Cutter (professional wrestling)
In professional wrestling, a cutter is a three-quarter facelock front face bulldog maneuver. This move sees an attacking wrestler first apply a three-quarter facelock (reaching back and grabbing the head of an opponent, thus pulling the opponent's jaw above the wrestler's shoulder) before falling backwards (sometimes after running forwards first) to force the opponent face-first to the mat below.
The cutter was originally used by Johnny Ace, who called it the Ace Crusher, and by Diamond Dallas Page, who called it the Diamond Cutter, from where the term "cutter" is now derived. The cutter also formed the base for the later development of another professional wrestling move known as the stunner. This variant sees an attacking wrestler apply the facelock but, instead of falling to their back, this wrestler drops to a seated position, dropping an opponent's jaw across the shoulder of the wrestler.
- 1 Variations
- 1.1 Argentine cutter
- 1.2 Back suplex cutter
- 1.3 Elevated cutter
- 1.4 Fireman's carry cutter
- 1.5 Forward somersault cutter
- 1.6 Inverted suplex cutter
- 1.7 Jumping cutter
- 1.8 Over the shoulder cutter
- 1.9 Rolling cutter
- 1.10 Running cutter
- 1.11 Somersault cutter
- 1.12 Springboard cutter
- 1.13 Twist of Fate
- 1.14 Yokosuka cutter
- 2 See also
The attacking wrestler gets his opponent in the Argentine backbreaker position as to execute the Argentine Backbreaker drop. The attacking wrestler then pushes his opponents legs so that he flips horizontally 180 degrees. As his opponents weight is being shifted to one side, the attacking wrestler applies the three-quarter facelock and drops his opponent.
Back suplex cutter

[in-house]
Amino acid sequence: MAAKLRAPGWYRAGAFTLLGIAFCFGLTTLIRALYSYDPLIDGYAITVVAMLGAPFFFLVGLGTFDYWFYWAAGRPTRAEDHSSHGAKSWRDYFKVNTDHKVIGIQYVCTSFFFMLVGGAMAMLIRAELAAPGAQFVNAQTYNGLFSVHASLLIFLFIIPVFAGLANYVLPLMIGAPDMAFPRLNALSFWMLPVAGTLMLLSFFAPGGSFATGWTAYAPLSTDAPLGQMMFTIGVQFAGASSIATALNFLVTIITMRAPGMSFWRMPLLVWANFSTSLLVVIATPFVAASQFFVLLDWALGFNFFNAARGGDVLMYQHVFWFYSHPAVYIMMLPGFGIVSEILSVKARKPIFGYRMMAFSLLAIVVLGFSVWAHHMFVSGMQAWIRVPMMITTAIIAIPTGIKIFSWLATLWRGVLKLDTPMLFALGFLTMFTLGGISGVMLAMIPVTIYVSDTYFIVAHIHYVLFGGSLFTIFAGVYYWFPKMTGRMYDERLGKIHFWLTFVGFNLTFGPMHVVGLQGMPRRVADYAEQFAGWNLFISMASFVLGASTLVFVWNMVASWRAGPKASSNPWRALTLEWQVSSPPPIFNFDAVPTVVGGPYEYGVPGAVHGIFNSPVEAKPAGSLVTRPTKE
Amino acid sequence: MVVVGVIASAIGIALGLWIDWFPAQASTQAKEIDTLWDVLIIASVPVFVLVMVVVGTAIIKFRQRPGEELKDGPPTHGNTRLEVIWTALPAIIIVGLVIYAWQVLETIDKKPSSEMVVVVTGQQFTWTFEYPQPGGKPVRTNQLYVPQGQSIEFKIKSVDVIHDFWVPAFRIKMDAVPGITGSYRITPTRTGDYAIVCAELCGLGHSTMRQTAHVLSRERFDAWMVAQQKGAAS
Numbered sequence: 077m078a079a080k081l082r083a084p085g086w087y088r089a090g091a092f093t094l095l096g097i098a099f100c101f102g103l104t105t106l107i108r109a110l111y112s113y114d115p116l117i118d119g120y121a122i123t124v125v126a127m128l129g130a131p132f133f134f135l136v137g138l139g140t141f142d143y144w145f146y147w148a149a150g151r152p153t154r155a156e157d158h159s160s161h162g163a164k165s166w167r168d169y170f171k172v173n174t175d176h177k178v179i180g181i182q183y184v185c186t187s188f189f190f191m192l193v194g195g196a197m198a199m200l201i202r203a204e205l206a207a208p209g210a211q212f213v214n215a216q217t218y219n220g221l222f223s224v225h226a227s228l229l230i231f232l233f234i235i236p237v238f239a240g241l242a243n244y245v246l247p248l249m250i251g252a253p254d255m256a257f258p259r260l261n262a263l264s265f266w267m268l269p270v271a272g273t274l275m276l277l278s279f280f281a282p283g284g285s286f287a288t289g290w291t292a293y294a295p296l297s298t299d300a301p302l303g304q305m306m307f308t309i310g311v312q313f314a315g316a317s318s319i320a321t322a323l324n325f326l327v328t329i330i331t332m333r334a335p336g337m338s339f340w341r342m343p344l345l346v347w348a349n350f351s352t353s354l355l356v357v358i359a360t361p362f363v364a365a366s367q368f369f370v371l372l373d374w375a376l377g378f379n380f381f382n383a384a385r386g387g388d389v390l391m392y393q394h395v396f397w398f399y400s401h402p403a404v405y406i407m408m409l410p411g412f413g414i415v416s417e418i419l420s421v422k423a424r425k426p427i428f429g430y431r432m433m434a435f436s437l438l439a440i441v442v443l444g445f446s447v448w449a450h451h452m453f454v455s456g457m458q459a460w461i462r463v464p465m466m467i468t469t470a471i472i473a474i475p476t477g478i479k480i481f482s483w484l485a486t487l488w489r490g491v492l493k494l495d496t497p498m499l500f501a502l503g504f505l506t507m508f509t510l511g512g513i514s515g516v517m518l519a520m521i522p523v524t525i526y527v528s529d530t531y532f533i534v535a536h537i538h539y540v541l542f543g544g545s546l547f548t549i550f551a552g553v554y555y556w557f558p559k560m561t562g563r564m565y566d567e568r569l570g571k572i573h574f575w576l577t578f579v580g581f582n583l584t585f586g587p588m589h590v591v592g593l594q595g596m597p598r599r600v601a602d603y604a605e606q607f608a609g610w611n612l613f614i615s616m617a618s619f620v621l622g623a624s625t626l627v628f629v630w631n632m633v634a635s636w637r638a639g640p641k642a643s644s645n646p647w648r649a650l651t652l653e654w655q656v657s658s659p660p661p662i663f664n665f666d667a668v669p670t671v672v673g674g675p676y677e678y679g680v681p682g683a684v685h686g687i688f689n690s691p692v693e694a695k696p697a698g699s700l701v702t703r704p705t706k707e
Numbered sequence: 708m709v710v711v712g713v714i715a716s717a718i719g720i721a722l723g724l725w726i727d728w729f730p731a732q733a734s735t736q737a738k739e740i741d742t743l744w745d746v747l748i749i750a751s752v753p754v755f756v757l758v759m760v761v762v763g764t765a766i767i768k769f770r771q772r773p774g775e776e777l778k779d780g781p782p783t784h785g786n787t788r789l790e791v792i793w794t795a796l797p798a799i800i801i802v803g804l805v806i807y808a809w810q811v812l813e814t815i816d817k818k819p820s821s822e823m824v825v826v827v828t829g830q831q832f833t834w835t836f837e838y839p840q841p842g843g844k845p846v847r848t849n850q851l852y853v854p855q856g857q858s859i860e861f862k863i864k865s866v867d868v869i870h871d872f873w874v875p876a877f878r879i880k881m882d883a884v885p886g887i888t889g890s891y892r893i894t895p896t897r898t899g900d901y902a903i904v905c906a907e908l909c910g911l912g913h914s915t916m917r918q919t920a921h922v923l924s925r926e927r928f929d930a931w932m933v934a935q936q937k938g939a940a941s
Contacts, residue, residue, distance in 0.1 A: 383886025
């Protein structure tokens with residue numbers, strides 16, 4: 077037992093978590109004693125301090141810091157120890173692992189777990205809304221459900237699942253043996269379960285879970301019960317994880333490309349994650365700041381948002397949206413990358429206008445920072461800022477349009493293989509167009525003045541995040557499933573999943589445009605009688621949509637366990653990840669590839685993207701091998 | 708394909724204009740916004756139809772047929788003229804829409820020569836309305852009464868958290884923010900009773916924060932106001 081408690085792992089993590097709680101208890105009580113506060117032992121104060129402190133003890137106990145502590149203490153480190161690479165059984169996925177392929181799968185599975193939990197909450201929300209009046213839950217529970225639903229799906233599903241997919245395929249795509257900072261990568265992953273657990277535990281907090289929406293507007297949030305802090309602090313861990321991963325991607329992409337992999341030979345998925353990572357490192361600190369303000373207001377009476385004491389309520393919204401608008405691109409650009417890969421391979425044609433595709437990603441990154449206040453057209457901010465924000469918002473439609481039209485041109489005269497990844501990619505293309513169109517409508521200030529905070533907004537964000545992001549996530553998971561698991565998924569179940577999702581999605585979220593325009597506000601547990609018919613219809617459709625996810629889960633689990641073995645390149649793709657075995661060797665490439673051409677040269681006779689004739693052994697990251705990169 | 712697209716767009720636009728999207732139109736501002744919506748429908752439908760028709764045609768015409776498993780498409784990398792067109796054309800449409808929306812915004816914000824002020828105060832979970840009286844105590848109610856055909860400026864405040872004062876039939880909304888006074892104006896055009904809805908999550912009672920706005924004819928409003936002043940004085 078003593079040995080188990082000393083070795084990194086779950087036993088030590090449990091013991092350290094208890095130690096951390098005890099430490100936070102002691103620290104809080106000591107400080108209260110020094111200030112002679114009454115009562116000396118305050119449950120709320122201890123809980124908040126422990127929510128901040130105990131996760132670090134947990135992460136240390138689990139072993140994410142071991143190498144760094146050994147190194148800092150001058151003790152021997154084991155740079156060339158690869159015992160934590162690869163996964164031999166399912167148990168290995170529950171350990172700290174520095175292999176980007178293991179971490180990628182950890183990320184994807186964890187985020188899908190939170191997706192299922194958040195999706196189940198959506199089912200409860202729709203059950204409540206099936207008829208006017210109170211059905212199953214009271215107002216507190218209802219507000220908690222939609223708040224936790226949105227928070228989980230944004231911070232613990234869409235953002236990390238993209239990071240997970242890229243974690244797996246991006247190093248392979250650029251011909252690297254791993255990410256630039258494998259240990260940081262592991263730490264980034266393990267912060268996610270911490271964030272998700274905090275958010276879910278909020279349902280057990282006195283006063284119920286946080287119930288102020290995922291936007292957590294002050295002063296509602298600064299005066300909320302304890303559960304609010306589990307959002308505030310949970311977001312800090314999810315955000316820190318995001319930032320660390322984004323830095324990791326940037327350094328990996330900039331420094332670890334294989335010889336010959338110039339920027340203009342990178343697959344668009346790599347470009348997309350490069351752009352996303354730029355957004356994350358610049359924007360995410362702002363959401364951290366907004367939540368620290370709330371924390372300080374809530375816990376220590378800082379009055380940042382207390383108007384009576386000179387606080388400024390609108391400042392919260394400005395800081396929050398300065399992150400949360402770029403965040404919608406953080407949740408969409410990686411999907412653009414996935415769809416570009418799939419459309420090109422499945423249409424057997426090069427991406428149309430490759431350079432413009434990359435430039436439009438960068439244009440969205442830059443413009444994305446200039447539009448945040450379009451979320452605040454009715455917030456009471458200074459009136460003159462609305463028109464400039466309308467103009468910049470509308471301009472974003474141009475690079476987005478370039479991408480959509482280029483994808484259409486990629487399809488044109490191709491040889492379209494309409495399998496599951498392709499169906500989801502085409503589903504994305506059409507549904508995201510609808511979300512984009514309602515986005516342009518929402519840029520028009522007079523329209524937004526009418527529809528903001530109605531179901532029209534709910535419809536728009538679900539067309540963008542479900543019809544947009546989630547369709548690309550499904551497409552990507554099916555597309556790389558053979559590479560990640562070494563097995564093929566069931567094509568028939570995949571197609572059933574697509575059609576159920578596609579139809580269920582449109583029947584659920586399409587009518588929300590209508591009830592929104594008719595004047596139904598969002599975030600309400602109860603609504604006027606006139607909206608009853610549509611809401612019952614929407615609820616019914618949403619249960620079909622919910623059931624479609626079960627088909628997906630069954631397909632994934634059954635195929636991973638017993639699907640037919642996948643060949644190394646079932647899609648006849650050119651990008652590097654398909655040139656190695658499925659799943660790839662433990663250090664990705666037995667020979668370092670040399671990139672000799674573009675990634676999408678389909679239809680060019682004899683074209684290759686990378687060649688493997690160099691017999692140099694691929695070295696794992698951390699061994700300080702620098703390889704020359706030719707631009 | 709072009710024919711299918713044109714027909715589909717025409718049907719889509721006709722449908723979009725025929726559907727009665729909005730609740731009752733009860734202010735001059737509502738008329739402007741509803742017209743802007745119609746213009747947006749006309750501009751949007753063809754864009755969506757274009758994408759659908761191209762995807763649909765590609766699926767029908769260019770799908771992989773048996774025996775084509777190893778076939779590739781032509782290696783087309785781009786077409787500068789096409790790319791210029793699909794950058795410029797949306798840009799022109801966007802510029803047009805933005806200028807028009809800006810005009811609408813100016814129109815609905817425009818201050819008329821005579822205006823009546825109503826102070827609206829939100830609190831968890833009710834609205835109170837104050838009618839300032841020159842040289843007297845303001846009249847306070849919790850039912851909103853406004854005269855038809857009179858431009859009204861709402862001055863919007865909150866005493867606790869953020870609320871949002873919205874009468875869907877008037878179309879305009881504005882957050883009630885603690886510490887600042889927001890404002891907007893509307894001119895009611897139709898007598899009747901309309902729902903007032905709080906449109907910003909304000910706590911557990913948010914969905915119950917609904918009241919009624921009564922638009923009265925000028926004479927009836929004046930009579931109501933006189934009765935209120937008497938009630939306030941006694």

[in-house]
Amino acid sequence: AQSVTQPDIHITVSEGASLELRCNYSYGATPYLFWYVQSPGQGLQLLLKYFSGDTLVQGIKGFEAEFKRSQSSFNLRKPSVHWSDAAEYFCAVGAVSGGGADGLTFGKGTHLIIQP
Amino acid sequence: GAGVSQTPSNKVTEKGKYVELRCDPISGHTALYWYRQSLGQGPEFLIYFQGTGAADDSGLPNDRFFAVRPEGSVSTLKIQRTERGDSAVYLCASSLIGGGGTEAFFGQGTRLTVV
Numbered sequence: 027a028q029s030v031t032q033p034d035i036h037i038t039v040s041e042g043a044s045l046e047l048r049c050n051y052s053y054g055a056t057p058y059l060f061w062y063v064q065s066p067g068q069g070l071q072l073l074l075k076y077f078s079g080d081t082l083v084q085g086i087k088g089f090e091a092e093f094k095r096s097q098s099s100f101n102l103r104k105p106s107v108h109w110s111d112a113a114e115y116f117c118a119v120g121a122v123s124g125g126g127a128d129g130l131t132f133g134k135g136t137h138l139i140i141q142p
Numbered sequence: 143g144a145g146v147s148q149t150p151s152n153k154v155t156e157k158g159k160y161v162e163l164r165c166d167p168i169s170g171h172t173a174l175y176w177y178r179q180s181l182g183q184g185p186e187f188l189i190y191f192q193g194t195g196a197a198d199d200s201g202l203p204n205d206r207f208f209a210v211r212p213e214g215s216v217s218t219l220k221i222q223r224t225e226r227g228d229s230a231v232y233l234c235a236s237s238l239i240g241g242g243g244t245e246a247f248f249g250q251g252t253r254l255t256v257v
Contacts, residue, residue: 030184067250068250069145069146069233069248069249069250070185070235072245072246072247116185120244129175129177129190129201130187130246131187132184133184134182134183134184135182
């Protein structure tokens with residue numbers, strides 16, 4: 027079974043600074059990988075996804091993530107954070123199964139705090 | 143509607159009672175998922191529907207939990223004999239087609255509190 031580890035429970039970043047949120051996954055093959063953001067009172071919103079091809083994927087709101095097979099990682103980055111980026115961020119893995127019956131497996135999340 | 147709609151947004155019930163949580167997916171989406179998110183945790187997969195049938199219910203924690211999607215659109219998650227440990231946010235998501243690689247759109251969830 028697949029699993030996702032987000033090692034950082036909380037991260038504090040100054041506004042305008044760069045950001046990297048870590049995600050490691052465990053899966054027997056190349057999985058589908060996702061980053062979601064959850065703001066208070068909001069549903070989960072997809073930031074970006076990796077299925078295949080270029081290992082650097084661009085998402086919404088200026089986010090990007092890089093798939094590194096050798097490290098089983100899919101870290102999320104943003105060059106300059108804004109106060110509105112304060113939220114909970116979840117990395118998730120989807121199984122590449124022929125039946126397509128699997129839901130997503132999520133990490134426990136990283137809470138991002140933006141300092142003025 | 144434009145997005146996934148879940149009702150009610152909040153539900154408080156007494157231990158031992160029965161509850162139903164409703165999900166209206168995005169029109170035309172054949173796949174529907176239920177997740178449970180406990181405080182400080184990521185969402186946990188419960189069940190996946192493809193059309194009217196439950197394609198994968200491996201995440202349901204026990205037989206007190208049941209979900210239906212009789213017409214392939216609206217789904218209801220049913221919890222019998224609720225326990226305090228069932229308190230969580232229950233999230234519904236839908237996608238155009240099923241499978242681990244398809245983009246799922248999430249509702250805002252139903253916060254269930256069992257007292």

This variation sees the wrestler lift an opponent from behind as with a belly to back suplex. Then, instead of falling backwards, the wrestler pushes the opponent's legs so that the opponent turns over in mid-air so that they are now face down and parallel to the ground. As the opponent falls, the wrestler reaches back and seizes opponent's head in order perform the cutter.
With an opponent placed on an elevated surface, a wrestler applies a three-quarter facelock and then draws the opponent away, leaving only the opponent's feet over the elevated surface. The wrestler then falls backwards so that the opponent is forced to dive forward onto the top of their head due to the angle of which they are dropped. The elevated cutter can also be performed as a double team maneuver including several variations including the doomsday-style elevated cutter or the 3D.
Fireman's carry cutter
Also known as the TKO (short for Total Knock Out) and innovated by Marc Mero, is another elevated cutter variation in which the opponent is first raised over the shoulders of a wrestler in the fireman's carry position. From here, the attacking wrestler twists the opposite way and quickly switches back throwing the legs of the opponent out backwards and drops down to the mat while taking hold of the opponent's head to force him to fall into a high impact cutter.
Forward somersault cutter
A standing variation of the Diamond Dust in which the attacking wrestler first holds an opponent in an inverted facelock before then jumping forwards to somersault over the opponent, landing back-first with the opponent's head driven into the wrestler's shoulder. A stunner variation is also possible.